Animal magic - actor Liz White on filming BBC's Our Zoo at Walton Hall...and her fear of love birds

Liz White at Oakfield Manor

Liz in character as Lizzie Mottershead

First published in News
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Warrington Guardian: Photograph of the Author by , Entertainment Reporter

NEVER work with animals or children, goes the old showbiz saying.

But Liz White broke both those ‘rules’ at the same time after playing mum and zookeeper in BBC One’s Our Zoo.

The 34-year-old has scared the living daylights out of viewers as an evil spirit in The Woman in Black and made her name as Annie in the time-travelling police drama hit, Life on Mars.

But performing alongside monkeys, camels and bears was completely new to her.

Liz plays the wife of George Mottershead in the 1930s drama about the early days of Chester Zoo. It was partly filmed at Walton Hall between March and June.

So what was it like breaking the old adage about animals and children?

“It was brilliant,” said Liz, speaking to Weekend at Oakfield Manor where the Mottershead family lived.

“They were both the easiest to work with. The animal handlers were on set at all times and they were excellent at observing the animals’ needs.

“Dennis the bear was so docile and Darhan the camel was extraordinary. What an energy. He was such a good actor as well. He would stand there like he owned the place.

“There is a scene in the first episode where Lizzie, my character, comes into the backyard and she is astonished and almost disgusted that her husband has brought a camel home.

“We have an argument in front of Darhan and George storms off – and I don’t think they’ve left it in the programme – but the camel watched George leave and then looked back at me as if to say: ‘What are you going to do about it?’ It was such brilliant timing.”

But Liz’s favourite animal to work with was the mischievous squirrel monkey.

She added: “We had this tiny little creature and watching Honor Kneafsey, who plays George’s daughter June, handle the monkey was amazing. It was as if they had been friends for life.

“She used to dip her hand in this bowl full of maggots and when we started filming she would very discreetly chuck one up for him to eat.”

Of all the animals it was actually the gentle love birds which gave Liz last minute nerves as there is a scene in the aviary where one of the birds uses its beak to climb on her finger.

“I felt a bit scared and it’s ridiculous because the love bird is a tiny, beautiful little thing,” said Liz.

Our Zoo is the true story of how the Mottershead family gambled everything they had to build the first British zoo without bars.

Liz added: “This completely unassuming family had a grocers shop and a florist and then managed to create the reality of their dream. It is a really inspiring story.”

And Liz told Weekend she was proud to play a strong woman who was instrumental in Chester Zoo’s success story behind the scenes.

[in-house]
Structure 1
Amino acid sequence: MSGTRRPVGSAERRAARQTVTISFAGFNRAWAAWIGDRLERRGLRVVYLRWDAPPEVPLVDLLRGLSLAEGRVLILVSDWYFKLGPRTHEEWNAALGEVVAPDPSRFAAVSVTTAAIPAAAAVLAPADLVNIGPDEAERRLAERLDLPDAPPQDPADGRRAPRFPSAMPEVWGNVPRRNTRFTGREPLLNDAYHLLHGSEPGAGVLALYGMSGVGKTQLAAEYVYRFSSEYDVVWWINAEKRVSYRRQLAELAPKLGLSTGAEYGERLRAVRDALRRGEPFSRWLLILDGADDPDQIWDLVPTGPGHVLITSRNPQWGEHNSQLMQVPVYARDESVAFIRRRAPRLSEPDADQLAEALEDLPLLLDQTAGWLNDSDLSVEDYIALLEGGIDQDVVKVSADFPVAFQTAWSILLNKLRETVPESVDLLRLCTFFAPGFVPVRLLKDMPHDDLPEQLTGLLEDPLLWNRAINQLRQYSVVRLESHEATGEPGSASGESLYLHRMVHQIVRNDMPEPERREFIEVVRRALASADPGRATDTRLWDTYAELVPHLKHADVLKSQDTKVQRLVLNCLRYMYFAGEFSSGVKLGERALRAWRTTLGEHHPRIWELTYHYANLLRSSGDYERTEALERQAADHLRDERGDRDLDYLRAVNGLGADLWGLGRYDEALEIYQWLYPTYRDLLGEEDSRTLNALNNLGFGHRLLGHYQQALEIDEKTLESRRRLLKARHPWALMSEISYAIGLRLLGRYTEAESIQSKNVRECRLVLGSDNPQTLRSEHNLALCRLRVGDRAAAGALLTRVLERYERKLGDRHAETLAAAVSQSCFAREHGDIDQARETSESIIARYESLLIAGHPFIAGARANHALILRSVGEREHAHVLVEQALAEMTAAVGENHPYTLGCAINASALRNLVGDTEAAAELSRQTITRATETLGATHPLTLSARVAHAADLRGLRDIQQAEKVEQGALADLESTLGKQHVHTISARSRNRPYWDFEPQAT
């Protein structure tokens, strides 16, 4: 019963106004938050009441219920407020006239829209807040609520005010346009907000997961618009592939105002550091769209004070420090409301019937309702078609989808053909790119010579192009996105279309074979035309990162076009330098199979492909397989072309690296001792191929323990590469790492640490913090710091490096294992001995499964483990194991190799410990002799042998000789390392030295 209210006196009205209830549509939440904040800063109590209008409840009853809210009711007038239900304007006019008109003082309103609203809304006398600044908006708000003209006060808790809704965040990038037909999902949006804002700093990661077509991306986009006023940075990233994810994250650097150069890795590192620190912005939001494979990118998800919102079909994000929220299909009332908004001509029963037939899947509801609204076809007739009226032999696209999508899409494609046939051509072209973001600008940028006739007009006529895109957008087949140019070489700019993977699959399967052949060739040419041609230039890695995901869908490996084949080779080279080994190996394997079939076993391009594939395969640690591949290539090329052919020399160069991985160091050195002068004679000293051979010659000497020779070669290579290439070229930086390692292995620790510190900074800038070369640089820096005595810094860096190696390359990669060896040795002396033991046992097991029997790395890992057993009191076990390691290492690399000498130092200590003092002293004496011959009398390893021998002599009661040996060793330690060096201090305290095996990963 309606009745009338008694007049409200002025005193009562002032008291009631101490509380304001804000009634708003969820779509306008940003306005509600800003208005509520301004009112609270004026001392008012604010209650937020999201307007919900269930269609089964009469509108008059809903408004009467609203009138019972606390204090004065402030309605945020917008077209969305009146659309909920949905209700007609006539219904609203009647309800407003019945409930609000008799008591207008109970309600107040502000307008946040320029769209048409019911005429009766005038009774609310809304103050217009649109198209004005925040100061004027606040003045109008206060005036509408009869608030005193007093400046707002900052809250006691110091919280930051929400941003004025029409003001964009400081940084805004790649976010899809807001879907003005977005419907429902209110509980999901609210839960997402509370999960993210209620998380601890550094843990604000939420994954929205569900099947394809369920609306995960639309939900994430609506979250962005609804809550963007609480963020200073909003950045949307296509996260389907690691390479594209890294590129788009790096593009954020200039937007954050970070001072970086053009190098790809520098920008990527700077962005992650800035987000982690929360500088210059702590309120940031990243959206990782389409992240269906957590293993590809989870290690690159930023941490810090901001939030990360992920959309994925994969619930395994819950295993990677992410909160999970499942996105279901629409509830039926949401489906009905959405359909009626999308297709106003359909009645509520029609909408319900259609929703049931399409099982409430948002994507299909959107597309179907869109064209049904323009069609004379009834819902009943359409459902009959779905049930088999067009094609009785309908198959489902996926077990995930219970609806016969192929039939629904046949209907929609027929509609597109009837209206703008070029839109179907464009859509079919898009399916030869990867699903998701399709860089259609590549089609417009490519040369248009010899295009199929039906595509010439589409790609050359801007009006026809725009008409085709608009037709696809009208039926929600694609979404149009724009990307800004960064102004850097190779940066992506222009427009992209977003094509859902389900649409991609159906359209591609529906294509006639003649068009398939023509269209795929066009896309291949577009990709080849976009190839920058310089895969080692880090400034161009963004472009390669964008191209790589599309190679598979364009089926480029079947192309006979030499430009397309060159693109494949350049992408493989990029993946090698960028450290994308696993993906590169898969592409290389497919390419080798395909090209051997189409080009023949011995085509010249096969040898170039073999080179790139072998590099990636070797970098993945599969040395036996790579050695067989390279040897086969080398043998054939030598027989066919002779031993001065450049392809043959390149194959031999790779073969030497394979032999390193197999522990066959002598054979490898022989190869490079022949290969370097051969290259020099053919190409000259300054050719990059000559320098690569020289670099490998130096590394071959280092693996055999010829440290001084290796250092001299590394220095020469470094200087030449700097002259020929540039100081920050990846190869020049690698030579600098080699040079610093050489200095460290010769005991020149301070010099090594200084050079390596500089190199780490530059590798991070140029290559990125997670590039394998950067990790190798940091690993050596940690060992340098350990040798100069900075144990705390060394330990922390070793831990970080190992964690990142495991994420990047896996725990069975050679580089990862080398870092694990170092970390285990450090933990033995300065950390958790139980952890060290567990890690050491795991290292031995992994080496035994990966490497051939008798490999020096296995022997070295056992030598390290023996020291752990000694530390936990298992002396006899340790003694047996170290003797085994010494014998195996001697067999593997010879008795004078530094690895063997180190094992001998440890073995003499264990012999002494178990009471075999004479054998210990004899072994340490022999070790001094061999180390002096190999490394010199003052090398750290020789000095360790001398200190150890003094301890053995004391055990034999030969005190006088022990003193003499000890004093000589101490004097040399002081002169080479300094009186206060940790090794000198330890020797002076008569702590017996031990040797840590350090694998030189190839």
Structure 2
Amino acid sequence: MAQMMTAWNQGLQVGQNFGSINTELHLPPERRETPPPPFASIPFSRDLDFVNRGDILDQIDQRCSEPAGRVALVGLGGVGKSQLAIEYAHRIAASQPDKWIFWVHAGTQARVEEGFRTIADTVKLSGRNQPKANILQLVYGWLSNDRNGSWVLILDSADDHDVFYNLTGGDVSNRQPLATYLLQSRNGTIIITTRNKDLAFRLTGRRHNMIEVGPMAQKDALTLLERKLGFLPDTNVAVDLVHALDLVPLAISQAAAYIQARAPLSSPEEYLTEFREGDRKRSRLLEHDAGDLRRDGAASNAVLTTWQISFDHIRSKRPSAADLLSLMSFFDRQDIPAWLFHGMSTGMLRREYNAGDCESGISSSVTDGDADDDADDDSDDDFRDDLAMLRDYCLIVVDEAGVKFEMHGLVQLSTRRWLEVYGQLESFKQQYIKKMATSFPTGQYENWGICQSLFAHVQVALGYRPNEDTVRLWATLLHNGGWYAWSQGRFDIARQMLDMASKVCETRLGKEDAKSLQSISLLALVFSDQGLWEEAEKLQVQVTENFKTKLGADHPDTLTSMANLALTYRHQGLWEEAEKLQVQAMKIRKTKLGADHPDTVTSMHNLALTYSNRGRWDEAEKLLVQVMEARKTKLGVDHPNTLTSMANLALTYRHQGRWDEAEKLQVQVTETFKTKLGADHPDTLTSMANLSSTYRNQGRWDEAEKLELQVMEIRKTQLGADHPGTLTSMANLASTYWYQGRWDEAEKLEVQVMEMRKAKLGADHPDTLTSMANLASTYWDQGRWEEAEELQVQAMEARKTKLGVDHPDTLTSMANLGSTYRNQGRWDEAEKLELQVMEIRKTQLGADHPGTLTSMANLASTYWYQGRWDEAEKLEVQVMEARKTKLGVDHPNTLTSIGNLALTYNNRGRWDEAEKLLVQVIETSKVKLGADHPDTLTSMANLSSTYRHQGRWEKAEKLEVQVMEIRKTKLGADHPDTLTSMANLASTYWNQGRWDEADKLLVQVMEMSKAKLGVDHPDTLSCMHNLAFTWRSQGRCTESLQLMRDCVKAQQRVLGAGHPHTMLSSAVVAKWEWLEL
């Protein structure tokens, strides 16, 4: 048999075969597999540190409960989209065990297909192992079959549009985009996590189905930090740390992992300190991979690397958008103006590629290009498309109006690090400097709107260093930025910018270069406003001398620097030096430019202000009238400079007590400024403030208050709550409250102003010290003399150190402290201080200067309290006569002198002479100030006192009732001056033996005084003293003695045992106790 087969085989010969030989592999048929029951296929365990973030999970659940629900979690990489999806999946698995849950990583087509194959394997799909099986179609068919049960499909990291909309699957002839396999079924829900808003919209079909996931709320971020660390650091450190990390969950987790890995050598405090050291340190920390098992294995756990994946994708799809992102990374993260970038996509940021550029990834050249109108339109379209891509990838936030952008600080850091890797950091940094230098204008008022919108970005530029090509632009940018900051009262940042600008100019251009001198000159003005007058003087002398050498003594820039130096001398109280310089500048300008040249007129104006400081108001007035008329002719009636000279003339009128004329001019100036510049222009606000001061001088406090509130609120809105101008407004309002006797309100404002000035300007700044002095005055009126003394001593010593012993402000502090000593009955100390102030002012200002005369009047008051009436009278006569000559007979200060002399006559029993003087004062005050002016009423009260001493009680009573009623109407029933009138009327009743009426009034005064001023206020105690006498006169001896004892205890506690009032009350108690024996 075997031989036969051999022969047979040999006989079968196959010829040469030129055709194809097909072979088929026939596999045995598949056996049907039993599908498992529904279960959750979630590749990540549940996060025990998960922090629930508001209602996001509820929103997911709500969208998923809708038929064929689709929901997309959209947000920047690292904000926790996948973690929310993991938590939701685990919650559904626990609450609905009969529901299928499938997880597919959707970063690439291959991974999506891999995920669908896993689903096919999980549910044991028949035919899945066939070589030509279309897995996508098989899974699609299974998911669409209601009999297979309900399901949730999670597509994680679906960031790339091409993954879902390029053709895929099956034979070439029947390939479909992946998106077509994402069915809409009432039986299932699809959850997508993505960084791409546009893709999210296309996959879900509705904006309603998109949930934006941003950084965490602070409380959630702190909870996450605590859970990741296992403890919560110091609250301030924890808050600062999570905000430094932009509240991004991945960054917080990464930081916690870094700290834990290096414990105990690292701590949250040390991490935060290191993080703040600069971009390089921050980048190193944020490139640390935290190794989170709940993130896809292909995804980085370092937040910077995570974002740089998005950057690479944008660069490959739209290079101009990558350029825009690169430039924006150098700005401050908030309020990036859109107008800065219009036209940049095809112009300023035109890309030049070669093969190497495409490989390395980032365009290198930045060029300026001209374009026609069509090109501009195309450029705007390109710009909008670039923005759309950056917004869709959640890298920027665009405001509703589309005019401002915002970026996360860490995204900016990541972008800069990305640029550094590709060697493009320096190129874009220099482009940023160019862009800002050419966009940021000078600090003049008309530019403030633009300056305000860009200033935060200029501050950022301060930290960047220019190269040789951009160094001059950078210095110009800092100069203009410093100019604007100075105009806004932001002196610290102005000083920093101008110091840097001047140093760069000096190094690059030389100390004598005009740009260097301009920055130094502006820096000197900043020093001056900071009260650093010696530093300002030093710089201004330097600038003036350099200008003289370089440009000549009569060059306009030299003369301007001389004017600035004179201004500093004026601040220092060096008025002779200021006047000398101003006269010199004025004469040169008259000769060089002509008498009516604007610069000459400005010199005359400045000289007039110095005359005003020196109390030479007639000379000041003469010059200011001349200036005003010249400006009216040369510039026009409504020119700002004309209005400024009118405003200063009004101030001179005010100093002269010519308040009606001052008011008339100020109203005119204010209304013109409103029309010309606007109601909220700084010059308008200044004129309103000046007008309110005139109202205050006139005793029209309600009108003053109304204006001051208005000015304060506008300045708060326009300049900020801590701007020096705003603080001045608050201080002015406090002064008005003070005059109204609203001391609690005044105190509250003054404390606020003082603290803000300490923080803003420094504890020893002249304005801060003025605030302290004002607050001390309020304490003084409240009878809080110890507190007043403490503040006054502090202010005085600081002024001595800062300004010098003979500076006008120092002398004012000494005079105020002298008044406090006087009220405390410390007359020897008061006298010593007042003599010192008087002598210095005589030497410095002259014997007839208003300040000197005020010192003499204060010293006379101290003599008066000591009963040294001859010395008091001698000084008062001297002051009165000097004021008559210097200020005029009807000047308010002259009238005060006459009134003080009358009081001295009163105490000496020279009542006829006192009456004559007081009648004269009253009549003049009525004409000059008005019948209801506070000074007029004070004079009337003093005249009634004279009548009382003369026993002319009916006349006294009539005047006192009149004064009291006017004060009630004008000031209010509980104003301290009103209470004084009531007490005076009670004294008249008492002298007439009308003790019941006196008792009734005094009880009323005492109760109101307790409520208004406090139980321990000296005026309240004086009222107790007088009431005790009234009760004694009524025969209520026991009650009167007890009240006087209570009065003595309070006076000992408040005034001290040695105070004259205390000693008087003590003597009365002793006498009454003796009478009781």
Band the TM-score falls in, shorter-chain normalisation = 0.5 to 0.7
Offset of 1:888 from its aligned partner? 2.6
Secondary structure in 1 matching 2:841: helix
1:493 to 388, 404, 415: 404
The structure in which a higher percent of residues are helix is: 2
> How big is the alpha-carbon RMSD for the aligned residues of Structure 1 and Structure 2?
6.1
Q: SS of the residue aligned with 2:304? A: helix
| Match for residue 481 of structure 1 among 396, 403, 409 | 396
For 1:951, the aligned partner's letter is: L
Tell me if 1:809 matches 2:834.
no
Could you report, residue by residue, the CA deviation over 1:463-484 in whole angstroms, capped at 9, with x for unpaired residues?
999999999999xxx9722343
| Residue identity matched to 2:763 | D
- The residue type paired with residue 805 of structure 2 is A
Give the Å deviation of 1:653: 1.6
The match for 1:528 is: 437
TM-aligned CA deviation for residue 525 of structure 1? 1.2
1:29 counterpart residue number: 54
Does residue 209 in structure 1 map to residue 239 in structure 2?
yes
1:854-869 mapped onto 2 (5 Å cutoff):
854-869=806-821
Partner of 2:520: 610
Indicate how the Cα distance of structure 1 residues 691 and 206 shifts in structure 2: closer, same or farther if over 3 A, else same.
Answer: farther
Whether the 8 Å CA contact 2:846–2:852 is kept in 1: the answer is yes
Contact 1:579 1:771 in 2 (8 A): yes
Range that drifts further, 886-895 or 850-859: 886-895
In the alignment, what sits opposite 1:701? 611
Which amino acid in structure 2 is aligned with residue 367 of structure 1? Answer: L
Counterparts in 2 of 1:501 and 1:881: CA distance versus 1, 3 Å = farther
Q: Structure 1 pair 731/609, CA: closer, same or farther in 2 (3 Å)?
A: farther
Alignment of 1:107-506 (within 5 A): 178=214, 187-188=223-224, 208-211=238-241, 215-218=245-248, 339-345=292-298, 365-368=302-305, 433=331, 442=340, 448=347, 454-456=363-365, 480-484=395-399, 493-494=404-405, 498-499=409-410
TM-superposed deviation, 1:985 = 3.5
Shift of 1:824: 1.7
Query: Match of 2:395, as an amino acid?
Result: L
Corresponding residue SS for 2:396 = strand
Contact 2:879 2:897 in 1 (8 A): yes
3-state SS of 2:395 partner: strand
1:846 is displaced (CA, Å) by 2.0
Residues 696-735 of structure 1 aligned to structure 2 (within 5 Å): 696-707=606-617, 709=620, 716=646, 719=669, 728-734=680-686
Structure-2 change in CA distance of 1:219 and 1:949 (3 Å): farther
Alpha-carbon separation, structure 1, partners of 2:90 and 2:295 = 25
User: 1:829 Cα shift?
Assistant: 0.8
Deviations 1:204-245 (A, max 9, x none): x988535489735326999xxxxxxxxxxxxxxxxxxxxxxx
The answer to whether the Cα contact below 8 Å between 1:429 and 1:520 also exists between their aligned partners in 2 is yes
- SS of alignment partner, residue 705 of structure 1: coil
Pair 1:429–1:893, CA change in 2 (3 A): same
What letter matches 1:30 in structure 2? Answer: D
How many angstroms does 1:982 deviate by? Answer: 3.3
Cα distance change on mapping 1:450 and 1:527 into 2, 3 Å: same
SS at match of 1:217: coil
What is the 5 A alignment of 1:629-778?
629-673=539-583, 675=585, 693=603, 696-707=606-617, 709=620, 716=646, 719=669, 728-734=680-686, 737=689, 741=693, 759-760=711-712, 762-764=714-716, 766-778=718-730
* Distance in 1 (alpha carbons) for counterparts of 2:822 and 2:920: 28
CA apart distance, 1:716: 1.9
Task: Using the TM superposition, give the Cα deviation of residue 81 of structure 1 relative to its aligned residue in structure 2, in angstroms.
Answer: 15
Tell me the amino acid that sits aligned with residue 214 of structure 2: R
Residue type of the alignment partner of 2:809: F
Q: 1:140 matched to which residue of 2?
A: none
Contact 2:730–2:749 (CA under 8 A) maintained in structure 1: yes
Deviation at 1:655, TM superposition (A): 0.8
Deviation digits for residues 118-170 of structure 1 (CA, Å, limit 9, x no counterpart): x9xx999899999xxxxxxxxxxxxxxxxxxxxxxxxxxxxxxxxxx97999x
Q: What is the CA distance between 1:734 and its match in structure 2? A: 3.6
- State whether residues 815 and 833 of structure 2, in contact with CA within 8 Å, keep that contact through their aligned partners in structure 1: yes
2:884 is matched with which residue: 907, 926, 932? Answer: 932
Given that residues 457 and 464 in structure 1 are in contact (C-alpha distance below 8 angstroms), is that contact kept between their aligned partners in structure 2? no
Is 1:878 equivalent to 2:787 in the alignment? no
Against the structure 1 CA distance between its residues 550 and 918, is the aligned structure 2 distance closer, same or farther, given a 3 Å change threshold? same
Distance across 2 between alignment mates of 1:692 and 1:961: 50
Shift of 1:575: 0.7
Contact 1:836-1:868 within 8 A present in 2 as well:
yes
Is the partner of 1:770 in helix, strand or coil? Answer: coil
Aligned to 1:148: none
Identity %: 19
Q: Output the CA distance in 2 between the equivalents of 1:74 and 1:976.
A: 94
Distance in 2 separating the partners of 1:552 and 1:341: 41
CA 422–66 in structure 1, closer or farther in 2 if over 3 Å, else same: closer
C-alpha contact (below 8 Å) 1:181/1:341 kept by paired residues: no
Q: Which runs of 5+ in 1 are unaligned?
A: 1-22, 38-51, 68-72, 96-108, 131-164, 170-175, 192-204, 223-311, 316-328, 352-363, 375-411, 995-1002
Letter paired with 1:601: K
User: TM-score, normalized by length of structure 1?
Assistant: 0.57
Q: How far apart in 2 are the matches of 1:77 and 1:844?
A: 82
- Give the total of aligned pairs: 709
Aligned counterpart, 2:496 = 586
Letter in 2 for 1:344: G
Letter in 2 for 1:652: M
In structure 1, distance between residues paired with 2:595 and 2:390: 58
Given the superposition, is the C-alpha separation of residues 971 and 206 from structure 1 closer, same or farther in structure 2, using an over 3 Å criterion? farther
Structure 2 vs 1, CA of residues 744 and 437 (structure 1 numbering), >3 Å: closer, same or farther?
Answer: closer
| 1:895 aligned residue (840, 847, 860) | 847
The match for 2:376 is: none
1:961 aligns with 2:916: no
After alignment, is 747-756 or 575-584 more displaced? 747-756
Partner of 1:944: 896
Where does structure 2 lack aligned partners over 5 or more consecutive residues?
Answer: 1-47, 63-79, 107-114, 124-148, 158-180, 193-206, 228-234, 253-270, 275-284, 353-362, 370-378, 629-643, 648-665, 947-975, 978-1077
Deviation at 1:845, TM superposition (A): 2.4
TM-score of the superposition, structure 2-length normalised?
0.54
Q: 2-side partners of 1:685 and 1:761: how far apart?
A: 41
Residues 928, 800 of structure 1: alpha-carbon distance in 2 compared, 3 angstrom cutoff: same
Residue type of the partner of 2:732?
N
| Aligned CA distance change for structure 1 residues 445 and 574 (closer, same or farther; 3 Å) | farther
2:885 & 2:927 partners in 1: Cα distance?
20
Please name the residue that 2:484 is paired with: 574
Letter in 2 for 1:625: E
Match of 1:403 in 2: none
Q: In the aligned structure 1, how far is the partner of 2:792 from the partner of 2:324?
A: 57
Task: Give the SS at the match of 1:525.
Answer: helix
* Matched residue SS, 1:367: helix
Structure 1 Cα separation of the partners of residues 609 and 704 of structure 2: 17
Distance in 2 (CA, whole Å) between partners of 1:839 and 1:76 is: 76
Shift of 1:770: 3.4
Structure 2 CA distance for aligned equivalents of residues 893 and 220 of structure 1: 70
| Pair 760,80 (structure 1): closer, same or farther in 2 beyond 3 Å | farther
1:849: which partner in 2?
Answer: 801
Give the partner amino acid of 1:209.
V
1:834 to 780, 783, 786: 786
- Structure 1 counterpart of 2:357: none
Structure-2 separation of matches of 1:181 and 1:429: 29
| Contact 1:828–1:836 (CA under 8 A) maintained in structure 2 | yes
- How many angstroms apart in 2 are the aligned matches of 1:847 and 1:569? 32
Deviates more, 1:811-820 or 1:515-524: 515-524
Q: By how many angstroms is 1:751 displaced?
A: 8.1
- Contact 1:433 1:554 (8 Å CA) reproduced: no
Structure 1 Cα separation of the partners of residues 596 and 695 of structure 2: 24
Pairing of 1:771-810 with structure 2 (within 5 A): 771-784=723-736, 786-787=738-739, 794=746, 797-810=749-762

She said: “Her husband had the idea but she supported him in every way that she could and helped make his dream and their dream come true.

“So the challenge of playing this in the 1930s is to get across the equality that could exist in the relationship.

“Lizzie was 10 years older than George. She’d been brought up on a farm so she was used to animals and used to land management and I don’t think George had any experience of that.

“So she would have been a great source of information for him.”

Liz also enjoyed chats with George and Lizzie’s daughter June Williams, who is now 88.

She added: “June often came to Walton Hall while we were filming and she would always remark on what a blast from the past it was.

“It’s one thing being told that the BBC are going to make this drama about your life and another to go on set and see how many people are involved, the money spent on it and the craft, skill and attention to detail. It must be really overwhelming.”

Liz knew she wanted to be an actor since she was at school and joined Barbican Youth Theatre in Plymouth.

She said: “I just loved making people laugh and doing impressions of people. I used to impressions of Julie Walters doing impressions of old women.

“Then my mate said that she went to youth theatre and it was like someone rang a bell in my head that if I wanted to be an actor then that’s what I had to do. It was the most fun that I ever had.”

Liz said her big break on Life on Mars felt like being part of a ‘juggernaut’.

She said: “It’s such a joy to think that people’s faith in BBC drama was restored again because of that show and to be part of TV history. It always gets mentioned on the best cop shows of all time.”

But Liz said one of her most challenging – and eerie – roles was playing ‘The Woman in Black’.

She added: “She was a ghost and she killed children for fun so it was quite a difficult head space to get into.

“But in terms of my process it was really helped by the fact that I had this massive Victorian mourning gown to wear with loads of layers of latex on my face “I looked really strange on set to the point where people couldn’t talk to me because I would just freak them out!”

- Our Zoo starts on BBC One tomorrow, Wednesday, at 9pm.

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